The Signal

Serving the College since 1885

Tuesday February 27th

Money stolen from many students' bank accounts due to AudienceView data breach

<p><em>(Photo courtesy of Shane Gillespie / Staff Photographer)</em></p>

(Photo courtesy of Shane Gillespie / Staff Photographer)

By Isabella Darcy
Staff Writer

Many students experienced fraudulent activity on their banking accounts in February and March after using credit or debit cards to make purchases on AudienceView, a third-party ticketing vendor used by the College’s Center for the Arts. 

AudienceView experienced a payment card data security breach that affects colleges and universities across the nation. The ticketing software discovered that malware was installed on its systems, which allowed for disclosure of card number, expiration date and CVV for cards used to purchase tickets.

Chief Information Security Officer Matt Cesari explained in an email on Feb. 24 that for anyone who purchased tickets through AudienceView during this calendar year, “it is possible your credit card information was impacted in connection with this incident.”

Many students used AudienceView this year to purchase tickets for TCNJ Musical Theater’s production of “Legally Blonde.” These purchases were made online and required patrons to enter their payment card information into AudienceView’s system. 

When the College became aware of the incident, the Center for the Arts stopped selling tickets for “Legally Blonde” on AudienceView and instead sold tickets cash-only at the door. 

Freshman elementary education and English major Larissa Goldberg bought tickets for “Legally Blonde” in January. She and her parents monitored her bank account after they became aware that many student’s cards were being accessed and used to make fraudulent purchases.

“My mom sent me a text message saying that I had used like $100 worth of Uber, when I hadn’t taken an Uber anywhere,” Goldberg said.

“Legally Blonde” cast member and sophomore early childhood special education and English major Skylar Yannello explained that herself and most of her fellow cast members knew at least one person whose banking information was compromised.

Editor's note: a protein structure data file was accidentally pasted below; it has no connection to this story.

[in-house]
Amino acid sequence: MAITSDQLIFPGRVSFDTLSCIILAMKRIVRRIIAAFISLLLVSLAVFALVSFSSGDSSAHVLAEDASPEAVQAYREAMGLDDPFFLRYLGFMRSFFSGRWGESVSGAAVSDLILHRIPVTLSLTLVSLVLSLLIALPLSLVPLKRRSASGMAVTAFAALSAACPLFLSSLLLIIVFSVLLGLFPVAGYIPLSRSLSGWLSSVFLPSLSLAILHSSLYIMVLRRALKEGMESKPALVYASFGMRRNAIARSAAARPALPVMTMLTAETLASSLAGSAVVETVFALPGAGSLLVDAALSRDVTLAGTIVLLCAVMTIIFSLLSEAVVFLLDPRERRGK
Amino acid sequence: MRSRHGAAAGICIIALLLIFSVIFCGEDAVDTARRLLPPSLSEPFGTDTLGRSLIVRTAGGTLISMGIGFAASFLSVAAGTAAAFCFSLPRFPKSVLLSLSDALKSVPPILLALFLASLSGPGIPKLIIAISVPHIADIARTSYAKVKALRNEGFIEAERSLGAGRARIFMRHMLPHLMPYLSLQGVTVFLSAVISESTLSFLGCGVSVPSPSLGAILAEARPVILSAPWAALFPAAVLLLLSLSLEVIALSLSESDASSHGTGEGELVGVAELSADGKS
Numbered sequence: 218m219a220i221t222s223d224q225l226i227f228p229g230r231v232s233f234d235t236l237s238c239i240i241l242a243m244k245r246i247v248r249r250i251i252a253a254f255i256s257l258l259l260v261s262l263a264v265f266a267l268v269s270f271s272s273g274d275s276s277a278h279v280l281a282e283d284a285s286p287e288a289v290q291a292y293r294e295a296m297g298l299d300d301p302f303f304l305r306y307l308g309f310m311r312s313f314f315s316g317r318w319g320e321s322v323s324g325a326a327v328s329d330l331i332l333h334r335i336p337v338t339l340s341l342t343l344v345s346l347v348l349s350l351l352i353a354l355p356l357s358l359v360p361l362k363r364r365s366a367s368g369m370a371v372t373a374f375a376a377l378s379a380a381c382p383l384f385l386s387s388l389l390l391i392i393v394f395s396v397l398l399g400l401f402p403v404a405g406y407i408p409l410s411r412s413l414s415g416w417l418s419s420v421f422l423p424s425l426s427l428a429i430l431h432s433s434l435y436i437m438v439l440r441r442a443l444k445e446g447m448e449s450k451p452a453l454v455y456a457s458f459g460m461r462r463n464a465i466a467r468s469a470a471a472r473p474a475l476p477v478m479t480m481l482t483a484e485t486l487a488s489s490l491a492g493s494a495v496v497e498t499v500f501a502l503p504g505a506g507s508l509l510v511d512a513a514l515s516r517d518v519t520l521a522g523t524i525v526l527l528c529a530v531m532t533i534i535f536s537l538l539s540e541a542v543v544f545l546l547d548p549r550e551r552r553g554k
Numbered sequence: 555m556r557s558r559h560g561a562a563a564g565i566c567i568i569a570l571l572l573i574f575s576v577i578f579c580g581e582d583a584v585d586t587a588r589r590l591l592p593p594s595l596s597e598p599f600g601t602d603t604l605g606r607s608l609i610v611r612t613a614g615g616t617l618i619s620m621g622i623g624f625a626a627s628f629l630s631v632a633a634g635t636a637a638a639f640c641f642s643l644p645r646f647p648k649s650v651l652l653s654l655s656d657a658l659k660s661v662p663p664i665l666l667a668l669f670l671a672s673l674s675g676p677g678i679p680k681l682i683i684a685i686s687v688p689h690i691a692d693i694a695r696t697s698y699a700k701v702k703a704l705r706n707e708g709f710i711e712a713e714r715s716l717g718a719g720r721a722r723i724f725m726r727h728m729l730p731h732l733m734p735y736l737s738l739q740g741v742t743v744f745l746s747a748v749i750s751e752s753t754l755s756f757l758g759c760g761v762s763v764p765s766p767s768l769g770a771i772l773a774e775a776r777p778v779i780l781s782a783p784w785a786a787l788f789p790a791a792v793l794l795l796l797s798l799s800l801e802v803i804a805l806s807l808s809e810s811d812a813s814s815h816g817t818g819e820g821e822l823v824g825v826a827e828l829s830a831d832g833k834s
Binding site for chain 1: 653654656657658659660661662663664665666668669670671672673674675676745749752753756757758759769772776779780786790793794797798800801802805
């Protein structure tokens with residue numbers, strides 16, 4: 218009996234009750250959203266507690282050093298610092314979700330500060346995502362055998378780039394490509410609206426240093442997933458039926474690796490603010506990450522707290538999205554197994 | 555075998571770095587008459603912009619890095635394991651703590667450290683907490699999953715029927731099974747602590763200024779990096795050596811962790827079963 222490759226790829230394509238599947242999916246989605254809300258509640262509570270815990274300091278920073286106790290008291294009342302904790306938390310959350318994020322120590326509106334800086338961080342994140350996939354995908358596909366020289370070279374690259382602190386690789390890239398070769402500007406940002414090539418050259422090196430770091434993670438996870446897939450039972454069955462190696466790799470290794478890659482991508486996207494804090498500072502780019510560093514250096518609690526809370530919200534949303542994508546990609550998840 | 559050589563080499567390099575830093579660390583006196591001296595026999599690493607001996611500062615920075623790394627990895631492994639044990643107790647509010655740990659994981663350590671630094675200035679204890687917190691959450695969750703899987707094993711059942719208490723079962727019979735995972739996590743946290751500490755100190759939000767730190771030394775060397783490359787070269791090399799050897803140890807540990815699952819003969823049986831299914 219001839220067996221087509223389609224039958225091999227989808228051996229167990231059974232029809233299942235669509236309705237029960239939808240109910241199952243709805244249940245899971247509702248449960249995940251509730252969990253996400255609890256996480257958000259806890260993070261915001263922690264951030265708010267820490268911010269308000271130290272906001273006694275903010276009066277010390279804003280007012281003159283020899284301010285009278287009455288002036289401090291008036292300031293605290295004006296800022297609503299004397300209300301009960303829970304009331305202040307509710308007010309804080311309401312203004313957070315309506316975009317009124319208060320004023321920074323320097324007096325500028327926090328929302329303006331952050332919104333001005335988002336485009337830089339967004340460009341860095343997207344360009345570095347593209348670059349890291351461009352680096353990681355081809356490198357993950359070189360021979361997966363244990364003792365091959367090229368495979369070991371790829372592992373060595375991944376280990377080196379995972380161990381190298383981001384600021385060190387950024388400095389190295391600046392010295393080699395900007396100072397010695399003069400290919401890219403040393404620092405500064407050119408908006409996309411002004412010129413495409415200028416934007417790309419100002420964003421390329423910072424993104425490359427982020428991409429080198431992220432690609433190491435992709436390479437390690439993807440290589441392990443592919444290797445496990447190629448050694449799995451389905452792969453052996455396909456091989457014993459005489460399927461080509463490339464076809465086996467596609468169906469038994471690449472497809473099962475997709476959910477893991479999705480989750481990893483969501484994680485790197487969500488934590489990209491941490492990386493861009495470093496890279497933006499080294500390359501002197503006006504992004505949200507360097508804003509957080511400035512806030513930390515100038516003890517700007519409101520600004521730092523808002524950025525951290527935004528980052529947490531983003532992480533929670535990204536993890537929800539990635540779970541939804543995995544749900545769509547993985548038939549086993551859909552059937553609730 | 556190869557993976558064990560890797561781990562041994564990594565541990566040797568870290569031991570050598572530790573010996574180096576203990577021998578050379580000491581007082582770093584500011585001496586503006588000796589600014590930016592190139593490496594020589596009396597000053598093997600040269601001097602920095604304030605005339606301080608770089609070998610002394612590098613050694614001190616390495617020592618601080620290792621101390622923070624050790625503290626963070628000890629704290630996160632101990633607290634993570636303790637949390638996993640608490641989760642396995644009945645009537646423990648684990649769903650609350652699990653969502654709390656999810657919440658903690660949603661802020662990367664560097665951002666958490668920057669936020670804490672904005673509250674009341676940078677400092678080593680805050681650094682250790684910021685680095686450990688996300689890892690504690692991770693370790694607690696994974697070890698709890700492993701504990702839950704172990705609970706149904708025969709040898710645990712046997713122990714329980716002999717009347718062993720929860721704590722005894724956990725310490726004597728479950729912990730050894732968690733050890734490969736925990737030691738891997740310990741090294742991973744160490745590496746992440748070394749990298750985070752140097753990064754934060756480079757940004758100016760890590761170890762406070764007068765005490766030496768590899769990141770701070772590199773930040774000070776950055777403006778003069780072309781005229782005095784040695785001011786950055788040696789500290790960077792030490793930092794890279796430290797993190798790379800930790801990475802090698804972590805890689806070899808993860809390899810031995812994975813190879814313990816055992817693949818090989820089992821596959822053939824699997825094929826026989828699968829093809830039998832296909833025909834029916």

“My dad just texted me two days ago and said that his Citibank card got breached,” Yannello said. 

Those who notice fraudulent transactions on their account are advised to report such transactions to their financial institution and also report any suspicious activity to Campus Police or their local police department.

“AudienceView has advised [the College] that if your credit card information was accessed in this incident, AudienceView will be directly sending to you additional information concerning the nature of the incident, including steps to further protect your information,” Cesari stated in an email.

AudienceView will offer credit monitoring to the individuals the company determined were affected. Some students, however, don’t feel comfortable using the credit monitoring service. 

“I decided not to enroll in the credit card watch service just because I don’t know if I should trust things that ask for my information after what already happened, but I told my mom to stay on the lookout for anything suspicious,” Goldberg said.

Parents and students noticed fraudulent activity on student banking accounts in February, and rumors stating that campus vending machines were at fault circulated on social media. 

The College investigated campus vending machines after hearing rumors claiming that card readers on the machines were stealing user's banking information.

“The college has checked the vending machine and has not found any truth to these rumors,” said Luke Sacks, head media relations officer at the College. 

The root of the fraudulent charges is AudienceView, not the vending machines, and persons who made purchases through AudienceView are encouraged to monitor their bank accounts while the incident is being resolved. 

The College is following AudienceView’s active investigation of the incident, which is exploring what exactly happened and how to prevent it from happening again. The College will also determine whether or not AudienceView’s services will be used in the future.

“When we have a clear picture of what led to the security incident, we will be in position to determine with whom we should partner to provide the best service and ensure the security of our customer data,” Sacks said.

The College will provide more information once the matters of the incident are resolved.

Correction: The article previously stated that the College would be offering and recommending complimentary credit monitoring services to those who purchased tickets on AudienceView during this calendar year. This is incorrect; AudienceView, not the College, is the one offering credit monitoring to those who they determined were affected.


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